Jay Hammond: Alaska's pioneer politician
(Page 2 of 2)
Still, he says there's a need for Alaskans to be more atuned to the kind of heavy state spending taking place today. Even though it's coming out of the well-padded state coffers, it could be a pattern that leaves tomorrow's Alaskans in the poorhouse.Skip to next paragraph
Subscribe Today to the Monitor
But the governor stands by the Permanent Fund, and he loves the opportunity to explain to an outsider the philosophy behind it and why it fits very well with independent Alaskan sensibilities.
``They [outsiders] call this oddball program a government handout program,'' he says of criticisms from the outside of the Permanent Fund's dividend distribution. ``It's a takeaway program from the politicians.''
One in every eight barrels of oil goes to the state as a royalty and one-quarter to one-half of all royalties go into the Permanent Fund and cannot be spent.
Nearly $4 billion had been paid into the fund by 1983 and half of the interest earnings can be spent on dividends and other government outlays.
``We would never have accumulated the fund if not for the dividend. The dividend establishes an awareness that it's the public's money,'' Hammond explains.
``You have to put a check in the people's hands to make them understand. Give them a check and compel them to pay'' out of that check for the programs politicians typically pass, he says.
``This reestablishes the connection that it's public money being spent. It creates a first defense against invading the fund,'' says Hammond, reasoning that the public dividends will be the first place to cut back if the state government wants money for programs.
The public, he says, is less likely to give up its dividends without scrutinizing exactly what they'll be spending on.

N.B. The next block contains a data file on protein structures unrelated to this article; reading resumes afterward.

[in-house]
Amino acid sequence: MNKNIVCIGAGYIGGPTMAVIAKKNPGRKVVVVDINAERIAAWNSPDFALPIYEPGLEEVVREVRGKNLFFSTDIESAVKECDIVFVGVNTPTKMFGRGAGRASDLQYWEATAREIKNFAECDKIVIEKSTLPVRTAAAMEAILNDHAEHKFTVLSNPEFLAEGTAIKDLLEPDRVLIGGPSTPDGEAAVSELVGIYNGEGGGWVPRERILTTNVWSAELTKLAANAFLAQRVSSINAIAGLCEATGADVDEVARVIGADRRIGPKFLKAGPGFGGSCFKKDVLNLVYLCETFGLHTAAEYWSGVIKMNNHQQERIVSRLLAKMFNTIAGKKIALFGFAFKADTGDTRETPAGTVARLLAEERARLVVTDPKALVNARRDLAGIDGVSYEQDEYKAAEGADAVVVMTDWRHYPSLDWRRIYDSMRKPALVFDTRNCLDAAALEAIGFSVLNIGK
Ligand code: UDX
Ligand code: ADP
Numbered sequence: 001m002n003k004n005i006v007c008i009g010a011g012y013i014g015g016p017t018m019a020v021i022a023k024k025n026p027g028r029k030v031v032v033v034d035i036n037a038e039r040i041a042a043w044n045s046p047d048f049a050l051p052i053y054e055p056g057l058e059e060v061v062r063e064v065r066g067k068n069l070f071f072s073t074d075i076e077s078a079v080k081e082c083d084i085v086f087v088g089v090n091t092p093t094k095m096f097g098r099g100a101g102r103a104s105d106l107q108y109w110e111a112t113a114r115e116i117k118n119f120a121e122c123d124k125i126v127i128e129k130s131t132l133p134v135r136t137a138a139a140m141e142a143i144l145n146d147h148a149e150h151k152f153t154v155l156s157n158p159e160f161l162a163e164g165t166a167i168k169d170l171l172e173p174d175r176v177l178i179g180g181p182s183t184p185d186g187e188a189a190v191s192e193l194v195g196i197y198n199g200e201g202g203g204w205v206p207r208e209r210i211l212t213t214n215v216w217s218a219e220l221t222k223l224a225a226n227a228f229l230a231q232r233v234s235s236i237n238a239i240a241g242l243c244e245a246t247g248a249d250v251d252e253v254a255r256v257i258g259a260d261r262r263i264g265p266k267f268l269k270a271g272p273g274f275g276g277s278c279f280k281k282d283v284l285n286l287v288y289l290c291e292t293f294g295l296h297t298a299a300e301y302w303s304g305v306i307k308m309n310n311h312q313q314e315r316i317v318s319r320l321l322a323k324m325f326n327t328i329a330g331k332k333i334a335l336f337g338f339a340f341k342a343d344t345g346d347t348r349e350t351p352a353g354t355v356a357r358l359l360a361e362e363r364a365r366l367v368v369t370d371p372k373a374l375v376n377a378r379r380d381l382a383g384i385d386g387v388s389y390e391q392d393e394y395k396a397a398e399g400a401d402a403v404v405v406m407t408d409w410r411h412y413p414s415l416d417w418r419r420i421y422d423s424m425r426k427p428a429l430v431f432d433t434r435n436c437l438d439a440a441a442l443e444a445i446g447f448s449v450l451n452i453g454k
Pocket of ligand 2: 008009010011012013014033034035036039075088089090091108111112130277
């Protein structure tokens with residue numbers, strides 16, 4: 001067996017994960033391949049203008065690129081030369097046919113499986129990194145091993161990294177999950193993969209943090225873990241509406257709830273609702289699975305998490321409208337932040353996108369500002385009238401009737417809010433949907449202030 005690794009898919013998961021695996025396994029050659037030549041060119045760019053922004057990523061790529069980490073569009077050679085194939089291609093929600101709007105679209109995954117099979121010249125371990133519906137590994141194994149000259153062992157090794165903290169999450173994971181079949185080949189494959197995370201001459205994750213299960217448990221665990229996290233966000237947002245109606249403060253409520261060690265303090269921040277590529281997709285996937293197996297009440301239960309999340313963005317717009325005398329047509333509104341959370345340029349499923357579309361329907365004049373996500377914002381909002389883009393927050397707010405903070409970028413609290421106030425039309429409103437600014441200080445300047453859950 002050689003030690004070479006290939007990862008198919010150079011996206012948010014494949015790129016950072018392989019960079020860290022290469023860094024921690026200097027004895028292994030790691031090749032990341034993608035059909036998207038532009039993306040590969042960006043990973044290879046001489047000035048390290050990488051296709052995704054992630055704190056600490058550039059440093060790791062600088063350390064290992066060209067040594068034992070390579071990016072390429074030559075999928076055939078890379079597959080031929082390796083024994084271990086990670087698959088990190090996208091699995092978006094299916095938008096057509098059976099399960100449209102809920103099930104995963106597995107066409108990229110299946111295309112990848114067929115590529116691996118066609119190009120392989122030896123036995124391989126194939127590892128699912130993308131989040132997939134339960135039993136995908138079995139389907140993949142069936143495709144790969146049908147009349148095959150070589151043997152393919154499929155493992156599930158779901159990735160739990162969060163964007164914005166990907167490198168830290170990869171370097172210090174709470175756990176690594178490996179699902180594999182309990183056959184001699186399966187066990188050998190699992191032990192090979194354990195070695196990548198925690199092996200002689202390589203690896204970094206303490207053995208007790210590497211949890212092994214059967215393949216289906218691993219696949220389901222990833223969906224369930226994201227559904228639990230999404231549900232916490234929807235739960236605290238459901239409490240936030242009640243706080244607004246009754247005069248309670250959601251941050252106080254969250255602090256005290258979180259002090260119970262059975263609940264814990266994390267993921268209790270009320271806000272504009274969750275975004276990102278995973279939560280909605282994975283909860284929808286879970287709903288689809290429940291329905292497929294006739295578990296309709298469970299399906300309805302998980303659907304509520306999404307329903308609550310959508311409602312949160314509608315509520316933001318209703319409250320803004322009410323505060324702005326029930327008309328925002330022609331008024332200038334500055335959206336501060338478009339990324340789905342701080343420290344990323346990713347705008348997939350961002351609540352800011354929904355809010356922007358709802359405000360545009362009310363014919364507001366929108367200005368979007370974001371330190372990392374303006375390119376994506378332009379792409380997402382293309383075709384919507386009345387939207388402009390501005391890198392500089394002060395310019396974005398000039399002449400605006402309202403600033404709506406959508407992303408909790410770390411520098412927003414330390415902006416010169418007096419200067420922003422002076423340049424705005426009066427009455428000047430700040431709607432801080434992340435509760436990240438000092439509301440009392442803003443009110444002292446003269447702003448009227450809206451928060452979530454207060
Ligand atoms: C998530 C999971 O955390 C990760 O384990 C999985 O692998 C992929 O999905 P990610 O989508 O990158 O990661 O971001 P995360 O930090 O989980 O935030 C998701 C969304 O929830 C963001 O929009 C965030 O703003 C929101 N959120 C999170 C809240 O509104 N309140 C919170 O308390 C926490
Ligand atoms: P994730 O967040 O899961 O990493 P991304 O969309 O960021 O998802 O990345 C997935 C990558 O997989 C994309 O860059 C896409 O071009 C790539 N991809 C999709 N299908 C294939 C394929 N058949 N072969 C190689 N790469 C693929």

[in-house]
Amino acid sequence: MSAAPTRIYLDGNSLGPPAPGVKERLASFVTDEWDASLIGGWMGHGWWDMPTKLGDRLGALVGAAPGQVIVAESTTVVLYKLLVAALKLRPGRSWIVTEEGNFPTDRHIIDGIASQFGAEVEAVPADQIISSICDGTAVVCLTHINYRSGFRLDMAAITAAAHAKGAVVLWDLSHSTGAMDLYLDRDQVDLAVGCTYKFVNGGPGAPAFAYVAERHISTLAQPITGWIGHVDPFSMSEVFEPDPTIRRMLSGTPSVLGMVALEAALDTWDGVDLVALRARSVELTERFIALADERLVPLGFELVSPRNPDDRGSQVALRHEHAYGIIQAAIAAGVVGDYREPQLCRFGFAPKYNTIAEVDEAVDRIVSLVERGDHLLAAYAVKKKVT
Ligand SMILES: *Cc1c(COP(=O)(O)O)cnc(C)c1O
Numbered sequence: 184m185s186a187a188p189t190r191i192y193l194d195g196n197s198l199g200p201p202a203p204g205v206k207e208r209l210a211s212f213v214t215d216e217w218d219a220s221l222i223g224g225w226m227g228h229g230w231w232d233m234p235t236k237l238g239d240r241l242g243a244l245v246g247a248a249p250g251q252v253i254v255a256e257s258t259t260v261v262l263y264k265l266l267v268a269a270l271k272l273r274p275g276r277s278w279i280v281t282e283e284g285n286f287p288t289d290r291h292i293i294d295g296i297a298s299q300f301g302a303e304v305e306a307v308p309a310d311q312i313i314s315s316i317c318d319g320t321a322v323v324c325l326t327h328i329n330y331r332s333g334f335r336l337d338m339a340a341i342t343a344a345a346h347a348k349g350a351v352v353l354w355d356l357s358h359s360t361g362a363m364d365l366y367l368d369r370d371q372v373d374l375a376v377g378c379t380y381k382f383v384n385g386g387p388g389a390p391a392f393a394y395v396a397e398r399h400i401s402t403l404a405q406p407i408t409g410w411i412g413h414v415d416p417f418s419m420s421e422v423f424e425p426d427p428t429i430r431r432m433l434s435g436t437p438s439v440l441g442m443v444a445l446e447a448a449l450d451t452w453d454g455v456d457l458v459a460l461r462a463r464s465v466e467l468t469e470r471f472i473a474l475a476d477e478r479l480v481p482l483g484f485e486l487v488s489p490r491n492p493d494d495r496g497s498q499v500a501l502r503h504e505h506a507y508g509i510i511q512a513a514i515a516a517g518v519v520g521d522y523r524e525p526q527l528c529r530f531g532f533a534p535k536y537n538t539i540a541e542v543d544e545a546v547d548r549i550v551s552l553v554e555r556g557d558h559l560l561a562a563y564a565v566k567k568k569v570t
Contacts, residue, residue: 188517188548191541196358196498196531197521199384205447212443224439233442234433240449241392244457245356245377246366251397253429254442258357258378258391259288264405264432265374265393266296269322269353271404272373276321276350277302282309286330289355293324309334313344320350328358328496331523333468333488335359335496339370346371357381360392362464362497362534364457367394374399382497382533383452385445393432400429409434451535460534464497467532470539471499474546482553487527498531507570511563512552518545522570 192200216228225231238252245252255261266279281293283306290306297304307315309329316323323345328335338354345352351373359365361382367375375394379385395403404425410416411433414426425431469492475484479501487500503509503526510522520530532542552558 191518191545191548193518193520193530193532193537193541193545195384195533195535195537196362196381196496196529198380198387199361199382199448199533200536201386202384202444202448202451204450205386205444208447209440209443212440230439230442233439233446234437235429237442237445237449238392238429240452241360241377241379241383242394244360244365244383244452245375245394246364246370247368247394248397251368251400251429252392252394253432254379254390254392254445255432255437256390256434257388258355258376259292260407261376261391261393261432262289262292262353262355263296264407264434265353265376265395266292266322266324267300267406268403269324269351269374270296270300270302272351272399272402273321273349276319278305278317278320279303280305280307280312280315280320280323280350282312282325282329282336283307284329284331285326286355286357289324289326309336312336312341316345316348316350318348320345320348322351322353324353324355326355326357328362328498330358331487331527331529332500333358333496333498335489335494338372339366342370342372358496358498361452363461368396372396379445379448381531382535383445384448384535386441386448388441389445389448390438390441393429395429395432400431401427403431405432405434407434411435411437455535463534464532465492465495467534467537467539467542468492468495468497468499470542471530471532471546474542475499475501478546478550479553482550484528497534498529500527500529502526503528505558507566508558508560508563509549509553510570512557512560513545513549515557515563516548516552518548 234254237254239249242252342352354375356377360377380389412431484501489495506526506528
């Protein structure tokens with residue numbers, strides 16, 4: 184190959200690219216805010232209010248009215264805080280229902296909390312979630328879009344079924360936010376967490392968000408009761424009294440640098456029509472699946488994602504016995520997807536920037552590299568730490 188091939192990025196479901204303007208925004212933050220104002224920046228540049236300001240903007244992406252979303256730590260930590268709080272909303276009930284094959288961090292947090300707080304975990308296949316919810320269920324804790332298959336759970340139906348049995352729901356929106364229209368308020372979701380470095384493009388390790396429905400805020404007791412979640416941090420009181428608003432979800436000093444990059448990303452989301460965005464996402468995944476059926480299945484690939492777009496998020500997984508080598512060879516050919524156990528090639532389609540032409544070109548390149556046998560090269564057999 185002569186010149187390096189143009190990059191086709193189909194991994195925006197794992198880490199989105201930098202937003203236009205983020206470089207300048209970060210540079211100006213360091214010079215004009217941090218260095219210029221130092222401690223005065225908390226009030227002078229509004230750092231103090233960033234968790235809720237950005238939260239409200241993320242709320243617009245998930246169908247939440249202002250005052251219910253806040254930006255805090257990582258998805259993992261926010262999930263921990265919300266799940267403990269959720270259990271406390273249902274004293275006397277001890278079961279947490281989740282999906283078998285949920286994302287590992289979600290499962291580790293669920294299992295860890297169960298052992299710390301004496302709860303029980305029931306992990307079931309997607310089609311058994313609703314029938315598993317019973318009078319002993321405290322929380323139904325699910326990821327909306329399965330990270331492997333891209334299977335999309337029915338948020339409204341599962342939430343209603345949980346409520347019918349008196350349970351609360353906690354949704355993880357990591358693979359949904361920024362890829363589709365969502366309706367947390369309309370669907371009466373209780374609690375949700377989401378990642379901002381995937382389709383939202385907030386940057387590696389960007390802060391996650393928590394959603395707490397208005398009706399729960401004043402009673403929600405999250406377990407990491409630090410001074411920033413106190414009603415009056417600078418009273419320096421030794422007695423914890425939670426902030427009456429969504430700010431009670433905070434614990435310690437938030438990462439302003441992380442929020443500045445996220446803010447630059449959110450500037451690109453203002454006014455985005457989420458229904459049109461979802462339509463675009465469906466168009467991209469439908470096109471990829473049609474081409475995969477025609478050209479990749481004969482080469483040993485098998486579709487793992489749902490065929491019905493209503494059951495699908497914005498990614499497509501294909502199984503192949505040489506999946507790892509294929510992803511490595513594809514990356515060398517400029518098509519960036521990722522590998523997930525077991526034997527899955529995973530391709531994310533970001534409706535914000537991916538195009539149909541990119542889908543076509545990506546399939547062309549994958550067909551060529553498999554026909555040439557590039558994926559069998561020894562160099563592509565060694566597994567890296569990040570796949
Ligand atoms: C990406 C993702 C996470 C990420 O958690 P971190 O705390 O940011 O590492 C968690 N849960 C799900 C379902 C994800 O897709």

``Selected subsidies'' like low-interest loans, medical care programs, ferry systems, and the like were not ``mandated by the Founding Fathers in the Constitution,'' he says. For example, Hammond says that ``to make enormous power projects appealing with postage- stamp rates for power is nothing but another form of a dividend unequally distributed.''
And he adds that there would be a very rapid decrease in funding of these things if the average citizen was asked to pay for them directly out of his dividend. ``It's the ultimate in grass roots, it's grass-roots revenue sharing,'' he says.
``When the pinch comes, they'll cut back on subsidies not on dividends,'' he says.
And the pinch will come to this state that has been living off a revenue boom that ``went right off the Richter scale,'' Hammond indicates.
He says he supports reinstating the state income tax, which was repealed as oil revenues started flowing into state coffers.
A state income tax would create a way to protect the Permanent Fund but also, in the same way the dividend does, it would create a psychological connection among the public to government spending.
The public here needs to be more sensitive to government spending -- to feel its effects, he suggests. Government services feel good at a time when oil revenues are high, but when they slip, the individual citizen is going to see a sharp cutback in services and money.
``Healthy growth is environmentally sound and can pay its own way. But we've made it exceedingly difficult for anyone to pay its way -- there's no state income tax . . . sales tax . . . property tax.
``There's an enormous cost for services and nothing to help offset the cost. We're unique among states for that. Normally you stimulate economic growth and it creates revenue. . . . Here it doesn't, it just depletes our finite wealth.''
His economic perspective, he says, combined with his concern for the environment, ``gave me a reputation for a flaming environmentalist, as a zero growth [advocate]. . . . But if I aspired to that, then we failed miserably. I don't know where we'd be if we were promoting it.''
His middle-ground stance -- fiscal conservatism with an environmental conscience -- makes him sound distinctly like the Libertarians who have found more success in Alaska than any other state.
But Republican Hammond, like the many Alaskan politicians who've come after him, prefers not to mention party labels and even suggests that the Libertarians ``plagiarize from Hammond's own lexicon.''